This week, we watched a “boring” documentary about what Muslims really think.  A group of researchers went around the world and interviewed Muslims to see what they are really like with regards to what the media portrays.  Professor Mozaffar asked us about whether we felt like this was actually a rigorous study or if it was religious propaganda.  First of all, I do not think this documentary was boring at all.  I think it was a complete eye-opener.  The documentary really showed us how the media portrayal of Muslims is so far away from what it actually is.  For example, in the media, we hear that Muslim women are oppressed in the Middle East, however research shows that in most Arab countries, the majority of Muslim women and men say that women should be allowed to work.  Also, the media depicts hijab as a form of oppression whereas the majority of Muslim women who wear the hijab do so because they believe it is a religious mandate.  Another fact that I found to be very important is that the 7% of Muslims respondents that claimed the attack on September 11th was completely justified could not even recite a verse from the Qur’an that justified their position.  This shows a major disconnect between their interpretation of Islam and what the media portrays as Islam.

In response to ts88:

Thank you for sharing that article! I have not gotten through the whole thing yet, but so far, I am enjoying what I am reading.  Like the article says, there is so much curiosity behind the practices of Muslim women and so many people believe that understanding Muslim women will help people understand Muslim men and the attacks.  However, like the author says, if the word Muslim was replaced with Christian or Jewish, would there still be just as much questioning?  Why are the practices of devout Christian women and devout Jewish women brushed under the bush while the practices of Muslim women are negatively exposed in the media?  Just like you said, it is a part of their culture and it is their right to cover up just as it is the right of people in the West to expose themselves, if that is what they think is liberation.  It is not right for the West to impose their interpretation of liberation on others.  Of course, the West has a great influence, but we need to know when to back off…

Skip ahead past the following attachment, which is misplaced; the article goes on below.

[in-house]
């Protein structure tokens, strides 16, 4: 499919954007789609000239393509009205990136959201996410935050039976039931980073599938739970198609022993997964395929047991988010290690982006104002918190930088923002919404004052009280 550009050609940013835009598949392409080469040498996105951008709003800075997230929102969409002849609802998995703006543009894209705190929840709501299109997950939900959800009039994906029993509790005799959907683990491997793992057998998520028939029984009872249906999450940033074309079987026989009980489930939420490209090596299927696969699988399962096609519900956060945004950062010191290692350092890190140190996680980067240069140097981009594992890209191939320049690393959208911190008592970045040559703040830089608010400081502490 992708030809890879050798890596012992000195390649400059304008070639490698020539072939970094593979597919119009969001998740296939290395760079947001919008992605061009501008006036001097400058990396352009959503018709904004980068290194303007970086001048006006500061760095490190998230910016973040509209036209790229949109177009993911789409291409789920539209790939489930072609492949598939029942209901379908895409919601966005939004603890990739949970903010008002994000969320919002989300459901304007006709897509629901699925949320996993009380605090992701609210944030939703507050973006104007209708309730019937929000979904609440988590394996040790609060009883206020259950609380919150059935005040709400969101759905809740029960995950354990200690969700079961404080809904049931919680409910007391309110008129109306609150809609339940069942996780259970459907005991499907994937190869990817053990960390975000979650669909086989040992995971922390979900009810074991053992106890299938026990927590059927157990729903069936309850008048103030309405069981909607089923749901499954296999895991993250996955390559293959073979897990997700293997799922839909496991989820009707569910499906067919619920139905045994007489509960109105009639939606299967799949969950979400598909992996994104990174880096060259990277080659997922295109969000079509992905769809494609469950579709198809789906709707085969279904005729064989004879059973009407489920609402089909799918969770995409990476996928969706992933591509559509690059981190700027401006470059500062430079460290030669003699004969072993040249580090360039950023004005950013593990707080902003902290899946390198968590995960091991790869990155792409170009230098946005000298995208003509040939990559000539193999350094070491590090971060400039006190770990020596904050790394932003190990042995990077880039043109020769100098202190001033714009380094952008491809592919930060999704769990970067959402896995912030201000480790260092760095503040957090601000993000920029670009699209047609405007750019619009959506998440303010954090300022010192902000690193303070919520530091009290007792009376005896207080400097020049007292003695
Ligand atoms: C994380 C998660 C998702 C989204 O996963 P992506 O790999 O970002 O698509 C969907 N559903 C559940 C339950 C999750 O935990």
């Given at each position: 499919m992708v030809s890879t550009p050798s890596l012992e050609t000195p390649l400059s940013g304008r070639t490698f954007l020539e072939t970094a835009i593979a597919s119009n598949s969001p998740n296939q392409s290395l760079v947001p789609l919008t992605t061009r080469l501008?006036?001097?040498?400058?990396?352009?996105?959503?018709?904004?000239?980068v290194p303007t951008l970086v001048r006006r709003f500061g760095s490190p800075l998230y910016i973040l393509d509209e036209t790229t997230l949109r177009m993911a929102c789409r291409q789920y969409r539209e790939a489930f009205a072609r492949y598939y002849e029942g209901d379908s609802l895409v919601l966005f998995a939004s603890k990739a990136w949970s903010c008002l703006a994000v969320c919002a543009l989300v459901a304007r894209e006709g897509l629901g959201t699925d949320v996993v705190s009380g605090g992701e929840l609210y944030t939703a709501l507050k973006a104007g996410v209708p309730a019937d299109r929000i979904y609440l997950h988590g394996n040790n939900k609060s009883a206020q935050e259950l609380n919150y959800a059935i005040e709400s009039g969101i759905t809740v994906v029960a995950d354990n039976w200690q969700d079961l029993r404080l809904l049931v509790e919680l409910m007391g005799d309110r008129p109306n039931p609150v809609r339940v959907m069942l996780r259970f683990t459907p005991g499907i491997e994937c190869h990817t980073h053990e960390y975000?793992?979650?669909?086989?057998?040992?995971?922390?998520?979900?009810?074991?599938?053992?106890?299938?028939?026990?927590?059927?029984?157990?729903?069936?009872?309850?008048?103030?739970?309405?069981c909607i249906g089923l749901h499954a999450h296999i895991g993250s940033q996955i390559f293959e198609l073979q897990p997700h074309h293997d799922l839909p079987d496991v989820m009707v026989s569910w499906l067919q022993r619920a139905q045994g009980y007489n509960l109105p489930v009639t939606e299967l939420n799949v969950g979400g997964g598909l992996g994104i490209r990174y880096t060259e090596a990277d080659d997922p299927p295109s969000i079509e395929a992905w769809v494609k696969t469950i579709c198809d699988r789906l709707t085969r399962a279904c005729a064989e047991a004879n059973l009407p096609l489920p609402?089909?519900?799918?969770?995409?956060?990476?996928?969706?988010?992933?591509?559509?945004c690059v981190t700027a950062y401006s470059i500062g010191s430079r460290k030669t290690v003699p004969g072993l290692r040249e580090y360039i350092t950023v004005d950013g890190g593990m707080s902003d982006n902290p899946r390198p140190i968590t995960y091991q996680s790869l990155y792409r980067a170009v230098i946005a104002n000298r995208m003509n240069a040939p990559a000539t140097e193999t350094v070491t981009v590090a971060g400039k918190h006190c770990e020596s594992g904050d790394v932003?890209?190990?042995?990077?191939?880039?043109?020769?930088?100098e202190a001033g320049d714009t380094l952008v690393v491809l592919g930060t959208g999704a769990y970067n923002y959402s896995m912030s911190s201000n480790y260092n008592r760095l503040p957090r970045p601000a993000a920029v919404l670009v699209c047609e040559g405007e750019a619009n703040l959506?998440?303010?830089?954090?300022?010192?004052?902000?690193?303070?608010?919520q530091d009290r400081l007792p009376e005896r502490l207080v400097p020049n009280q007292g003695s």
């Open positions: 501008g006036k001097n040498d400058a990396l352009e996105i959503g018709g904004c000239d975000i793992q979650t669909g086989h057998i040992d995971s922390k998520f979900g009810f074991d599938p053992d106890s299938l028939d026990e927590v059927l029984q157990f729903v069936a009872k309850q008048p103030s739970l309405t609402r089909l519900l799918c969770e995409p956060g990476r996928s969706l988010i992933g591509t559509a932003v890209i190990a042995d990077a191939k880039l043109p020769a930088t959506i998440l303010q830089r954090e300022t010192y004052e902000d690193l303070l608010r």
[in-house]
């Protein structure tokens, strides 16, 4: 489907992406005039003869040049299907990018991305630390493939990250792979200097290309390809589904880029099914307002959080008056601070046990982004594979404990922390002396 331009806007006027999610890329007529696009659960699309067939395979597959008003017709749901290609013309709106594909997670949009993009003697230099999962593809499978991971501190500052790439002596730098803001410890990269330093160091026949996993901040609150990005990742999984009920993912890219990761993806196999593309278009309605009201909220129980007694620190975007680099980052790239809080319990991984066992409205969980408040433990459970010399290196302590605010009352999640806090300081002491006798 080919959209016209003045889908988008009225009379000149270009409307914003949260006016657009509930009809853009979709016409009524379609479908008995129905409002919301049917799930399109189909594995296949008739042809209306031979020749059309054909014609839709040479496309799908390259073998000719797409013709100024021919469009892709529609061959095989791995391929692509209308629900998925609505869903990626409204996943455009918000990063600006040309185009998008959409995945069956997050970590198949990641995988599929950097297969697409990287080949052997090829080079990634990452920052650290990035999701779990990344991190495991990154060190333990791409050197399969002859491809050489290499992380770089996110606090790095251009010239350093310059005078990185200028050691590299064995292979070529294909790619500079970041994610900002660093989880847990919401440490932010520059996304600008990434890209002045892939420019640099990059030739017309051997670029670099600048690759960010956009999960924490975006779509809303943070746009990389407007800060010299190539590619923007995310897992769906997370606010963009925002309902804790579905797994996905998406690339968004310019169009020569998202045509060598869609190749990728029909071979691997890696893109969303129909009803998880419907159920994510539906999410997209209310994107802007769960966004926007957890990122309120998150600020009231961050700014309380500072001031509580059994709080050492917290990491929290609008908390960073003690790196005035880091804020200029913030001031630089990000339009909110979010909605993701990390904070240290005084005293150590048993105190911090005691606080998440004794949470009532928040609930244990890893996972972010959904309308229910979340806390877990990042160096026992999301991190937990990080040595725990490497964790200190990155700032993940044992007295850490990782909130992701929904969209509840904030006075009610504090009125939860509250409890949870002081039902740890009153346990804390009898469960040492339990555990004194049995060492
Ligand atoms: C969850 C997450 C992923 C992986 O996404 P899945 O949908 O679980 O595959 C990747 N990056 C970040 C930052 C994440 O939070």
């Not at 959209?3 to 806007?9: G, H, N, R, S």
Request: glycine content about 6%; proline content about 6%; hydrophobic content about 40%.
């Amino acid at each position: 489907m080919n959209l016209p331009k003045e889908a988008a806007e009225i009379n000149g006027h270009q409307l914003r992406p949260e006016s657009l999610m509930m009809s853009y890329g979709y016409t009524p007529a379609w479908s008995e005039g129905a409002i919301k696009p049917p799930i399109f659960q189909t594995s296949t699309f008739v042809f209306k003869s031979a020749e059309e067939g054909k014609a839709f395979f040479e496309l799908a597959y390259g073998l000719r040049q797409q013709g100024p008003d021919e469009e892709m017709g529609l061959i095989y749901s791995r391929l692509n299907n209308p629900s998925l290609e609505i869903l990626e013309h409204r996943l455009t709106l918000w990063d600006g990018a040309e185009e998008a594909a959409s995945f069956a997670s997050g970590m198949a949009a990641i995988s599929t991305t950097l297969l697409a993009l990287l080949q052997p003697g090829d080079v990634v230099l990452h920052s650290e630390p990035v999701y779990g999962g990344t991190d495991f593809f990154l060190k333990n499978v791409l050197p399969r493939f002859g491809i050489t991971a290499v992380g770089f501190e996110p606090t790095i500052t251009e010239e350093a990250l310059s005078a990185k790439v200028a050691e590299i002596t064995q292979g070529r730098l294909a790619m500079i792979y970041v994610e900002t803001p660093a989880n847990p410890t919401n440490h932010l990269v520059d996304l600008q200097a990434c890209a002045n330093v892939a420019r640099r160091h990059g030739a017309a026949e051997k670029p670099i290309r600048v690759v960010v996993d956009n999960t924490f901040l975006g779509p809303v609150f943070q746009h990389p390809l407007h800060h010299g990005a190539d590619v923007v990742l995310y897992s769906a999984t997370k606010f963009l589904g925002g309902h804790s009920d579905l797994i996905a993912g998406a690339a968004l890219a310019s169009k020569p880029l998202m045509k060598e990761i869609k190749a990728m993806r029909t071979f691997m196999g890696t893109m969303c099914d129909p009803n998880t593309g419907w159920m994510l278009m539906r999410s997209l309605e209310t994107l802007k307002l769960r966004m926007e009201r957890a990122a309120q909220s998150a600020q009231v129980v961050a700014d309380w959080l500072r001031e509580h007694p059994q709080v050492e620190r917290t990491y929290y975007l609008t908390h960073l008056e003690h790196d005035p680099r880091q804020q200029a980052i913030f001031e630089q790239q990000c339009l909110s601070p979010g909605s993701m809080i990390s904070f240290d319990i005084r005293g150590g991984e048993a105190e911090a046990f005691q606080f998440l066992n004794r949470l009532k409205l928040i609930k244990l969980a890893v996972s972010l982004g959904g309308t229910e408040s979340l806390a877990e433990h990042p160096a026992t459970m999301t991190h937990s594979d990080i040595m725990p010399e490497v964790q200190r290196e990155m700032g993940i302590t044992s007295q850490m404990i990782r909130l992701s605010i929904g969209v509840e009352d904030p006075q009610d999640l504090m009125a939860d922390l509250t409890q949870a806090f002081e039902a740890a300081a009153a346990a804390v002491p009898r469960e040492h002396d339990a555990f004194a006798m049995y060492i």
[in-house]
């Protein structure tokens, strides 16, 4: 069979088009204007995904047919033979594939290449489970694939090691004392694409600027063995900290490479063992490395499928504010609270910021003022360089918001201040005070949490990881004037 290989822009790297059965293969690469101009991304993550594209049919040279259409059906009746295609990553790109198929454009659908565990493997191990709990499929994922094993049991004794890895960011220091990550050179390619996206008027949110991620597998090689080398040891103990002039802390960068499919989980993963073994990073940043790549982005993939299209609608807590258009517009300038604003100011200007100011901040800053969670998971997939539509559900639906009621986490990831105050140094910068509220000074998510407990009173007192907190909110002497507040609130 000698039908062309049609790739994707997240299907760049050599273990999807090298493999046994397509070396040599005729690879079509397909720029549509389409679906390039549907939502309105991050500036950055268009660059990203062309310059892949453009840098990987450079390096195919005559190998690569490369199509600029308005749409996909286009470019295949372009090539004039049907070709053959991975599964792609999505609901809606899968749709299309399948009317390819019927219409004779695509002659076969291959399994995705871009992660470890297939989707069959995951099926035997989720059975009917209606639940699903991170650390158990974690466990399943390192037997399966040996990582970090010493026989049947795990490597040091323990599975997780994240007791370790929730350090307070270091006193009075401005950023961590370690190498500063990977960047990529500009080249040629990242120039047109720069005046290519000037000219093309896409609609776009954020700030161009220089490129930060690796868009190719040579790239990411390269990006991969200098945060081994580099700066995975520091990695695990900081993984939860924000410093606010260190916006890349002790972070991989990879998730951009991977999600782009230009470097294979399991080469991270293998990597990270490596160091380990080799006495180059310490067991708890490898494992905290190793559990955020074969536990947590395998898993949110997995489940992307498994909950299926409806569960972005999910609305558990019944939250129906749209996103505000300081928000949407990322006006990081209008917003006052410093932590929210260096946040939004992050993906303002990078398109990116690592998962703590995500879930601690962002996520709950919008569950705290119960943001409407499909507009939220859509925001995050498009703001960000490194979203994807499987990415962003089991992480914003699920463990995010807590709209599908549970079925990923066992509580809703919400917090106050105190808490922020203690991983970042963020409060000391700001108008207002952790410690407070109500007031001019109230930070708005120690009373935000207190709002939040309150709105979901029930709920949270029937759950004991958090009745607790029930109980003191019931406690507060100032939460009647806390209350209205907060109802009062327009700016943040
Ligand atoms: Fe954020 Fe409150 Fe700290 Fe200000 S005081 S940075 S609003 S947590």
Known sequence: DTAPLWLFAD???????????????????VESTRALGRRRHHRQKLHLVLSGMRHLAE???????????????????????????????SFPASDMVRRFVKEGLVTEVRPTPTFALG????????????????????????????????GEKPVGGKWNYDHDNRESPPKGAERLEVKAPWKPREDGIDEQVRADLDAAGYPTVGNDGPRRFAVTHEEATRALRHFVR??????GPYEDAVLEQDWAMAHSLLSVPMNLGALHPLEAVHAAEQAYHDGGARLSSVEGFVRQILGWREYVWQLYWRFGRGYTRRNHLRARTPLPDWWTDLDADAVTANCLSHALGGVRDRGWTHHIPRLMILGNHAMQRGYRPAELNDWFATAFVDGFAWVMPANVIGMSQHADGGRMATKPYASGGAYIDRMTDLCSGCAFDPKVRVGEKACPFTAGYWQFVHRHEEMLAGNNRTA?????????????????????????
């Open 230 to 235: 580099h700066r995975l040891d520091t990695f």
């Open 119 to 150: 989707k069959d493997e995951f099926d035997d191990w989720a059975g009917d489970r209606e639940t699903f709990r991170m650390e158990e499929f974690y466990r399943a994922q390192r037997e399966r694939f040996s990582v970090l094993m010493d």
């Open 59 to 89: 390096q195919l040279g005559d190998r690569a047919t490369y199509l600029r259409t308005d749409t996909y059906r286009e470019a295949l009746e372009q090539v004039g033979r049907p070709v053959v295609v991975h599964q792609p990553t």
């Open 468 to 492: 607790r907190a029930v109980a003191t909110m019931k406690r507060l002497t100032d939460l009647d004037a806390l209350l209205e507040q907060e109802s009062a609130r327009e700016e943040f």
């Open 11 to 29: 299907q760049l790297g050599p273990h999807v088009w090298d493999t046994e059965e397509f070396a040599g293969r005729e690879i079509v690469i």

In class:

For the first half of class, we went to the Islamic Art Exhibit for Islam Awareness Week.  It was wonderful to see how excited and welcoming all of the individuals hosting the event were.  Also, the people who were doing Arabic calligraphy were fantastic.  It seemed so easy for them to make such quick art.  But this is truly art.  They wrote everything so beautifully.  I wish I had spent more time looking at the posters and other art forms put up around the room.  Overall, I was really happy to have been able to attend this event.

In response to braaaaaains: